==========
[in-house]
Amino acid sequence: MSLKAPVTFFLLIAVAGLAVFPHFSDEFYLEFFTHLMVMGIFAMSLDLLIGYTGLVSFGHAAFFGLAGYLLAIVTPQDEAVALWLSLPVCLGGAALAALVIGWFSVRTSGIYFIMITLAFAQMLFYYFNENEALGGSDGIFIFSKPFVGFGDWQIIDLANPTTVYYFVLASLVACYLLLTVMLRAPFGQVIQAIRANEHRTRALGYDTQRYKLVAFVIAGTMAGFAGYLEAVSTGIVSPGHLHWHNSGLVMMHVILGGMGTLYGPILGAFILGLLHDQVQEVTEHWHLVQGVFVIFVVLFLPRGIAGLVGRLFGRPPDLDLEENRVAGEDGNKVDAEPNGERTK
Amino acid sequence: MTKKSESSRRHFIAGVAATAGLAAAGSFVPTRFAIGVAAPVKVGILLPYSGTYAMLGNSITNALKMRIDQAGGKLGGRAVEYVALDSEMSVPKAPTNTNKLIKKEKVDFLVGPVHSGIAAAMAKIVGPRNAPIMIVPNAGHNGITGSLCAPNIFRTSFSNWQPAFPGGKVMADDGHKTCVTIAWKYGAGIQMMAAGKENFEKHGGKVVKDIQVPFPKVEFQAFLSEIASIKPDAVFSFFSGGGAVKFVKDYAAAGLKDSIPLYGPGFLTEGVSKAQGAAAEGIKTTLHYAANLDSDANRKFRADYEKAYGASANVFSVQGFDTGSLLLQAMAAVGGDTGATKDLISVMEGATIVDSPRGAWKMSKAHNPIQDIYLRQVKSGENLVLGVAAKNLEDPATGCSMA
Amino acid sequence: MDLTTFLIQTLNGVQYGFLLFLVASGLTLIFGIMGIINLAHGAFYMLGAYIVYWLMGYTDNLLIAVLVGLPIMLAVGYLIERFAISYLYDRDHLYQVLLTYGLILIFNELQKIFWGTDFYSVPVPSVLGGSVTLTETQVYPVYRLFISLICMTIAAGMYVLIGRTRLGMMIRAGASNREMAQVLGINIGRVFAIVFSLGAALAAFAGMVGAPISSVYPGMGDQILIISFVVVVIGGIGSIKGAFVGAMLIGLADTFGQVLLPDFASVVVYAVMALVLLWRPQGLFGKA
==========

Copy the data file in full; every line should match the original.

[in-house]
Amino acid sequence: MSLKAPVTFFLLIAVAGLAVFPHFSDEFYLEFFTHLMVMGIFAMSLDLLIGYTGLVSFGHAAFFGLAGYLLAIVTPQDEAVALWLSLPVCLGGAALAALVIGWFSVRTSGIYFIMITLAFAQMLFYYFNENEALGGSDGIFIFSKPFVGFGDWQIIDLANPTTVYYFVLASLVACYLLLTVMLRAPFGQVIQAIRANEHRTRALGYDTQRYKLVAFVIAGTMAGFAGYLEAVSTGIVSPGHLHWHNSGLVMMHVILGGMGTLYGPILGAFILGLLHDQVQEVTEHWHLVQGVFVIFVVLFLPRGIAGLVGRLFGRPPDLDLEENRVAGEDGNKVDAEPNGERTK
Amino acid sequence: MTKKSESSRRHFIAGVAATAGLAAAGSFVPTRFAIGVAAPVKVGILLPYSGTYAMLGNSITNALKMRIDQAGGKLGGRAVEYVALDSEMSVPKAPTNTNKLIKKEKVDFLVGPVHSGIAAAMAKIVGPRNAPIMIVPNAGHNGITGSLCAPNIFRTSFSNWQPAFPGGKVMADDGHKTCVTIAWKYGAGIQMMAAGKENFEKHGGKVVKDIQVPFPKVEFQAFLSEIASIKPDAVFSFFSGGGAVKFVKDYAAAGLKDSIPLYGPGFLTEGVSKAQGAAAEGIKTTLHYAANLDSDANRKFRADYEKAYGASANVFSVQGFDTGSLLLQAMAAVGGDTGATKDLISVMEGATIVDSPRGAWKMSKAHNPIQDIYLRQVKSGENLVLGVAAKNLEDPATGCSMA
Amino acid sequence: MDLTTFLIQTLNGVQYGFLLFLVASGLTLIFGIMGIINLAHGAFYMLGAYIVYWLMGYTDNLLIAVLVGLPIMLAVGYLIERFAISYLYDRDHLYQVLLTYGLILIFNELQKIFWGTDFYSVPVPSVLGGSVTLTETQVYPVYRLFISLICMTIAAGMYVLIGRTRLGMMIRAGASNREMAQVLGINIGRVFAIVFSLGAALAAFAGMVGAPISSVYPGMGDQILIISFVVVVIGGIGSIKGAFVGAMLIGLADTFGQVLLPDFASVVVYAVMALVLLWRPQGLFGKA